Inquiry Design Model for Social Studies
Overview and Purpose
How do I create my own interesting Inquiry Design Model (IDM) lesson plan for Social Studies?
You're currently a social studies teacher looking for a way for your students to learn the content in a very interesting way, but doing lecture, secondary source readings, and document analysis over and over is not working out the way you had planned. Students are not connecting to the content as you had imagined at the beginning of the school year and at this point it feels like you're just teaching rote memorization of historical facts...
The Inquiry Design Model (IDM) for Social studies is an innovative way to get students to connect to information certified by the National Council for the Social Studies. The IDM process follows the instructional design set by the College, Career and Civil Life (C3) Framework for Social Studies Standards. It is also an easy and compelling way to plan a unit that focuses students' learning on connecting with the content through a series of inquiry-based supporting questions to find a students' own construction of knowledge and answer an overall compelling question, such as "How do I create my own interesting Inquiry Design Model (IDM) lesson plan for Social Studies?"
This mini-course is designed from the student's perspective of learning using the Inquiry Design Model. Not only are learners gaining knowledge of IDM lesson plans, but are also experiencing the learning process of an IDM itself. Each learning unit in this mini-course is designed around a supporting question and the resources are designed for the learner to acquire knowledge to answer that supporting question through a formative assessment task. At the end of the mini-course, the learner should be able to answer the "Compelling Question" that was asked at the beginning of this section.
The National Council for the Social Studies (NCSS) introduced the College, Career and Civic Framework for Social Studies (C3 Framework), which shifted the focus of teaching social studies from rote memorization of facts to a cultivation of learning centered around inquiry-based instruction. The C3 Framework's shift created a need for social studies educators to change their instructional design to student-centered activities focused on developing skills rather than memorization of content. Several states, including the New York State Department of Education, adopted the C3 Framework and added inquiry-based instruction to the teacher's toolkit. Many teachers have not mastered inquiry-based instruction, but the introduction of the Inquiry Design Model made this change more palpable for social studies educators.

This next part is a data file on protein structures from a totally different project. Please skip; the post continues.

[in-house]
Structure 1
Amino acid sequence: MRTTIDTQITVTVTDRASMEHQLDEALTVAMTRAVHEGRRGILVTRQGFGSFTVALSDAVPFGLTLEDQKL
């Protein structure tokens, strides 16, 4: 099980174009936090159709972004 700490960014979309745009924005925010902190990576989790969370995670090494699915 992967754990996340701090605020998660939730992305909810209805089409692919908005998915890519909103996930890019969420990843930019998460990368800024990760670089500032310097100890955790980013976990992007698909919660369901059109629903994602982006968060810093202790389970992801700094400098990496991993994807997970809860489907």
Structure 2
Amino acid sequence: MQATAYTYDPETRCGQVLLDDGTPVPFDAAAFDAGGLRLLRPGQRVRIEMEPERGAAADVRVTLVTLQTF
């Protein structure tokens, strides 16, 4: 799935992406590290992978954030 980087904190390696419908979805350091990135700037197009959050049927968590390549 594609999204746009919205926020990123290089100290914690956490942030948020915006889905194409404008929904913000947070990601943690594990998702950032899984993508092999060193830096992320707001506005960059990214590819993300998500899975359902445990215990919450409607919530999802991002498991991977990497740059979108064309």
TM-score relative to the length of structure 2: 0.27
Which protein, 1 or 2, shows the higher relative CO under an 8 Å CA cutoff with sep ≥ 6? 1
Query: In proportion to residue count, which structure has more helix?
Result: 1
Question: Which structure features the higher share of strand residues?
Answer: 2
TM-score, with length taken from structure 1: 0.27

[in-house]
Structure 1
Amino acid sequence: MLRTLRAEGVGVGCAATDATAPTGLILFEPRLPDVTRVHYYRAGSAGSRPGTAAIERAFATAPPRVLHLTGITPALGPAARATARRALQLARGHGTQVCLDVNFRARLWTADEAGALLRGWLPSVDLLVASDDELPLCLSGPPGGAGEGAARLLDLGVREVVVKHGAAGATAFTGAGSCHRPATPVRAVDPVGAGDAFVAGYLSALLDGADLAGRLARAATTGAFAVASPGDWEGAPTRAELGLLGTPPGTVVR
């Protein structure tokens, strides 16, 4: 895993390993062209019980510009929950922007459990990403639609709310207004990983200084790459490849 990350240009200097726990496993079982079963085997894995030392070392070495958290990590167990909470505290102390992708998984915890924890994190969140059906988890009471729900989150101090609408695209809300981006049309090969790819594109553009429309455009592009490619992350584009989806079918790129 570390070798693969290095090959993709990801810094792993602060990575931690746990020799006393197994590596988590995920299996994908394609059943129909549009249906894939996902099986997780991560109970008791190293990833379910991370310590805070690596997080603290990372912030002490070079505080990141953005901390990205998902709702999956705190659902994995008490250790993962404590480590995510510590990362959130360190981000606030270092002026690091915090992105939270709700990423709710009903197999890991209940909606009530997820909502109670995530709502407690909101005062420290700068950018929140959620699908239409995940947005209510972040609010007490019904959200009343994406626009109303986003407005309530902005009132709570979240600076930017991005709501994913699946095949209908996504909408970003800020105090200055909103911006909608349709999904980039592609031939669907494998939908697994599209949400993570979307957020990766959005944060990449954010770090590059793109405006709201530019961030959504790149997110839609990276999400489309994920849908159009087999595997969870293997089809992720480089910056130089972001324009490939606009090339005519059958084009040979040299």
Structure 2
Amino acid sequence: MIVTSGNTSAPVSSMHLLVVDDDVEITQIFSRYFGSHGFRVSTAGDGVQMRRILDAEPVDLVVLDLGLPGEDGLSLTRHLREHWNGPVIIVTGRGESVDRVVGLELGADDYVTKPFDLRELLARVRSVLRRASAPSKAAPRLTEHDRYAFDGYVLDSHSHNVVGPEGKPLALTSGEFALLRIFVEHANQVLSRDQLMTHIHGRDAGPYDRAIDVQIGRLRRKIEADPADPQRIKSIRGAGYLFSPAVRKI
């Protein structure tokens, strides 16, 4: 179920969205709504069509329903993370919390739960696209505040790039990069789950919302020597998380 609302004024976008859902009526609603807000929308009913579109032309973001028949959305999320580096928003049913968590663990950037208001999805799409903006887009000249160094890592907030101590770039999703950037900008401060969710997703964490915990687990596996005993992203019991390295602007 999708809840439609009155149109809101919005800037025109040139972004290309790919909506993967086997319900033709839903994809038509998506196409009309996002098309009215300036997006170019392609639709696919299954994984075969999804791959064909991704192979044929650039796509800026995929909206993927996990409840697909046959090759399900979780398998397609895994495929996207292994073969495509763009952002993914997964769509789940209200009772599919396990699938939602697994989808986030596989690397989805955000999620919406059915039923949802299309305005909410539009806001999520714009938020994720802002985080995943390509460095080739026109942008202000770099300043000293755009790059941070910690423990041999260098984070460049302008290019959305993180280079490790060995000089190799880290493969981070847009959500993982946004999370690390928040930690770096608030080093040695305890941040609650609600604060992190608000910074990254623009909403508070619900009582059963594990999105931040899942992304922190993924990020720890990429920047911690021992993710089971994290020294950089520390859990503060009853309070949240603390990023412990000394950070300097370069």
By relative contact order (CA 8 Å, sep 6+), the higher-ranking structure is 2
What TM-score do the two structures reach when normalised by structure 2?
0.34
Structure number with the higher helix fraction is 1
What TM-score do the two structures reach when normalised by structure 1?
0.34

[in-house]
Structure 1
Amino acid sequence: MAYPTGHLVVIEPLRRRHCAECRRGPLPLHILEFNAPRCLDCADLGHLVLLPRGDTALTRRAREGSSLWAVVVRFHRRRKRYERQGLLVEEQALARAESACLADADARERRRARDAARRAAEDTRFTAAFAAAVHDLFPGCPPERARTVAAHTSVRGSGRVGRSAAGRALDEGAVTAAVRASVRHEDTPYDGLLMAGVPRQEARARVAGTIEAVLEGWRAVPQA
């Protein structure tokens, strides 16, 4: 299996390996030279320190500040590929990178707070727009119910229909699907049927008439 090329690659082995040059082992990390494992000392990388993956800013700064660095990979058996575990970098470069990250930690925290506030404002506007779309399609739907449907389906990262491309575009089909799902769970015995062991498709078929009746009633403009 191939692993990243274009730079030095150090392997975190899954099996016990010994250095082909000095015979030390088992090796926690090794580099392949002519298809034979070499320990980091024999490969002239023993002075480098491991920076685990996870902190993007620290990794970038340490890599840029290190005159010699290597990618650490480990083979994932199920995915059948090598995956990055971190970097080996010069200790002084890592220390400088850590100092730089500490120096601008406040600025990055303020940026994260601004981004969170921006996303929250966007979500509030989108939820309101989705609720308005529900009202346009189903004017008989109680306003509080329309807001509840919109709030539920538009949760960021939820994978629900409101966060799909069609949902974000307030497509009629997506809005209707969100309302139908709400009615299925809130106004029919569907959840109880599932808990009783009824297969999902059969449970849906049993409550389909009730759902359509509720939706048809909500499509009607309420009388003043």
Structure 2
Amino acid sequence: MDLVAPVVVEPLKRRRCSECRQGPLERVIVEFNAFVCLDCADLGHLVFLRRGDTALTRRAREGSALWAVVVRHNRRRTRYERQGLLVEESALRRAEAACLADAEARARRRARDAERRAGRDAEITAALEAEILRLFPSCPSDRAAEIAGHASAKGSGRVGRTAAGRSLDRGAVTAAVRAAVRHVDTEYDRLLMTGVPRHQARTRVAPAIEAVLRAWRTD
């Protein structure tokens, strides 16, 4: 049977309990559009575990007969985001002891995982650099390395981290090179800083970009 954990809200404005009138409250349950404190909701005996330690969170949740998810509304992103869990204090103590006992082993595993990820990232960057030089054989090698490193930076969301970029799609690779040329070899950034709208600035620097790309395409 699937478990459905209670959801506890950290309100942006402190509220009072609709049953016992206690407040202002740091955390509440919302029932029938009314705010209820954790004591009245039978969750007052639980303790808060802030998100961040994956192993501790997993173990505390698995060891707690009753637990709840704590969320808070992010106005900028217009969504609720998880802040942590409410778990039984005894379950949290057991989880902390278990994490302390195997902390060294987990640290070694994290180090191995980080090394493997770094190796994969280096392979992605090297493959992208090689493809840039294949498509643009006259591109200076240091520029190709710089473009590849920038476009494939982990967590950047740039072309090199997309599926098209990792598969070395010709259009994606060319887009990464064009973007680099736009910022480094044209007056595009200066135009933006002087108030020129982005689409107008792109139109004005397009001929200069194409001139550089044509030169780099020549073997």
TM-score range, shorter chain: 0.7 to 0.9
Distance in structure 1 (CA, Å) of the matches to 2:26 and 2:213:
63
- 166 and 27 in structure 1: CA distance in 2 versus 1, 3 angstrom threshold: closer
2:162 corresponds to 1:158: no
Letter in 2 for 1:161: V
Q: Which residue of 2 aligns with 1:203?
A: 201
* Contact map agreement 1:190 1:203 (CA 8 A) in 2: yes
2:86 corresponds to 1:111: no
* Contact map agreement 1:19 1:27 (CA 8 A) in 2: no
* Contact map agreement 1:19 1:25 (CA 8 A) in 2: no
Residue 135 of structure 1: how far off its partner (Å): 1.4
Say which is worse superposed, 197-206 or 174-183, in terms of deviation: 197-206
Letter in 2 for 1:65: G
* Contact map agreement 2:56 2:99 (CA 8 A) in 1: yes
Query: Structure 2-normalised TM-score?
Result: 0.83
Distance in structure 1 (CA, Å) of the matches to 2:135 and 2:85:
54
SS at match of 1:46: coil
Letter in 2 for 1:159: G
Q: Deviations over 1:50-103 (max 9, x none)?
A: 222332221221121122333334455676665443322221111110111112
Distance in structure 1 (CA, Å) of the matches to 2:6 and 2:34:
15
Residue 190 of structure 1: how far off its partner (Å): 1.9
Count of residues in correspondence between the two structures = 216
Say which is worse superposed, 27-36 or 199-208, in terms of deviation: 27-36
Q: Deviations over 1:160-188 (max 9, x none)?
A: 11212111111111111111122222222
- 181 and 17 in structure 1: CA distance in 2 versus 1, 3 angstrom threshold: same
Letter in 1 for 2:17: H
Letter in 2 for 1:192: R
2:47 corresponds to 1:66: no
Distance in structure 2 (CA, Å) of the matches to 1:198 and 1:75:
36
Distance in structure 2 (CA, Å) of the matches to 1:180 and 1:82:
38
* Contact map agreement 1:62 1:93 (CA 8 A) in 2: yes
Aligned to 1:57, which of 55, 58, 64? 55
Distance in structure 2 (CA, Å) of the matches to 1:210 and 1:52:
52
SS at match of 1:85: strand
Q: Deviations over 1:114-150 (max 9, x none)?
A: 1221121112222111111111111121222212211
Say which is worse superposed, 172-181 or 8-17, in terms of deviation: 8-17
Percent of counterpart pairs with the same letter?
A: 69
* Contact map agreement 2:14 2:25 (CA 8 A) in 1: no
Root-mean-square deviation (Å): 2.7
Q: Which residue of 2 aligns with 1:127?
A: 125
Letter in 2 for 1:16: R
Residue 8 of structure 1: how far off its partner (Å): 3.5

Ready-made IDM lesson plans are available, but many topics and units throughout social studies remain undeveloped. For example, few options exist for social studies teachers in Global/World history classrooms. The necessity for mastering IDM lesson plans becomes even greater for teachers with little ready-made IDMs available.
By the end of this mini-course, learners will be able to:
- Identify resources and blueprints (templates) for the Inquiry Design Model
- Analyze and Evaluate the parts of an Inquiry Design Model lesson plan
- Create an Inquiry Design Model lesson plan of their own
This mini-course includes the following units. Each unit is centered around a supporting question that will help scaffold your knowledge of the Inquiry Design Model (IDM) process. As stated in the Overview and Purpose section, the mini-course is designed in a way that follows the Inquiry Design Model from a students' perspective.
In this unit, learners will be able to answer the supporting question: What is an Inquiry Design Model Plan? Learners will watch a video on EdPuzzle breaking down the elements of an Inquiry Design Model Plan while answering formative assessment questions scattered throughout the video with feedback for right and wrong answers. The video will also inform the learners of the location of some ready-made Inquiry Design Model lesson plans freely available for their own implementation and adaptation.
Supporting Question 2: What are good compelling questions and supporting questions to use in an IDM?
Following the brief overview in Unit 1, learners will begin the process of developing their own Inquiry Design Model starting with the most crucial elements: the compelling question and supporting questions. Learners will read a section of Grant, Lee and Swan's Inquiry Design Model: Building Inquiries in Social Studies and begin brainstorming topics for inquiry. Learners will be taught best practices for creating compelling questions and supporting questions and put that knowledge into practice.
After learners have created their compelling question and supporting questions, they will begin the process of choosing good formative performance tasks and integrating featured sources. Learners will discover how the IDM process should scaffold into the summative performance task.
With 90 percent of the IDM completed with Supporting Questions 1-3, learners will now create a summative performance task. This is the "final project" of the IDM and brings together all knowledge that learners have gathered throughout the inquiry process. This is often an argumentative piece that gives the student different end-products to show off their knowledge, skills, and argumentation required in most state Social Studies Standards today.
Summative Performance Task
Construct an Inquiry Design Model lesson plan using the template provided. Utilize the products from each of the formative performance tasks (answering the supporting questions) to fill in the IDM chart/lesson plan.